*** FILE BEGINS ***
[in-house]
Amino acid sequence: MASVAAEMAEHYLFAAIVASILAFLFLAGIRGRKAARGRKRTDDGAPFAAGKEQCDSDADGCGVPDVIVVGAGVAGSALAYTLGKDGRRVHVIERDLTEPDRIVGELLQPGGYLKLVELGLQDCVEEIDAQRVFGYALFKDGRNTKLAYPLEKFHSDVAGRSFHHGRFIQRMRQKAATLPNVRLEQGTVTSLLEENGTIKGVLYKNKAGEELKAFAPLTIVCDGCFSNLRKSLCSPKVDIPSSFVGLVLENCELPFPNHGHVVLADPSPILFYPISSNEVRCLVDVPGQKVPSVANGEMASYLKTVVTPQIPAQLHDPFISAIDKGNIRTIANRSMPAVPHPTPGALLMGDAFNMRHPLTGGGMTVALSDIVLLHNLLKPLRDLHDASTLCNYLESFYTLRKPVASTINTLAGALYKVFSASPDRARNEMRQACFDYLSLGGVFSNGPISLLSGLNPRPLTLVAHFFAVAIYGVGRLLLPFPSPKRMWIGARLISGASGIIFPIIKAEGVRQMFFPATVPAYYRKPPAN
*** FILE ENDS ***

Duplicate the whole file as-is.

[in-house]
Amino acid sequence: MASVAAEMAEHYLFAAIVASILAFLFLAGIRGRKAARGRKRTDDGAPFAAGKEQCDSDADGCGVPDVIVVGAGVAGSALAYTLGKDGRRVHVIERDLTEPDRIVGELLQPGGYLKLVELGLQDCVEEIDAQRVFGYALFKDGRNTKLAYPLEKFHSDVAGRSFHHGRFIQRMRQKAATLPNVRLEQGTVTSLLEENGTIKGVLYKNKAGEELKAFAPLTIVCDGCFSNLRKSLCSPKVDIPSSFVGLVLENCELPFPNHGHVVLADPSPILFYPISSNEVRCLVDVPGQKVPSVANGEMASYLKTVVTPQIPAQLHDPFISAIDKGNIRTIANRSMPAVPHPTPGALLMGDAFNMRHPLTGGGMTVALSDIVLLHNLLKPLRDLHDASTLCNYLESFYTLRKPVASTINTLAGALYKVFSASPDRARNEMRQACFDYLSLGGVFSNGPISLLSGLNPRPLTLVAHFFAVAIYGVGRLLLPFPSPKRMWIGARLISGASGIIFPIIKAEGVRQMFFPATVPAYYRKPPAN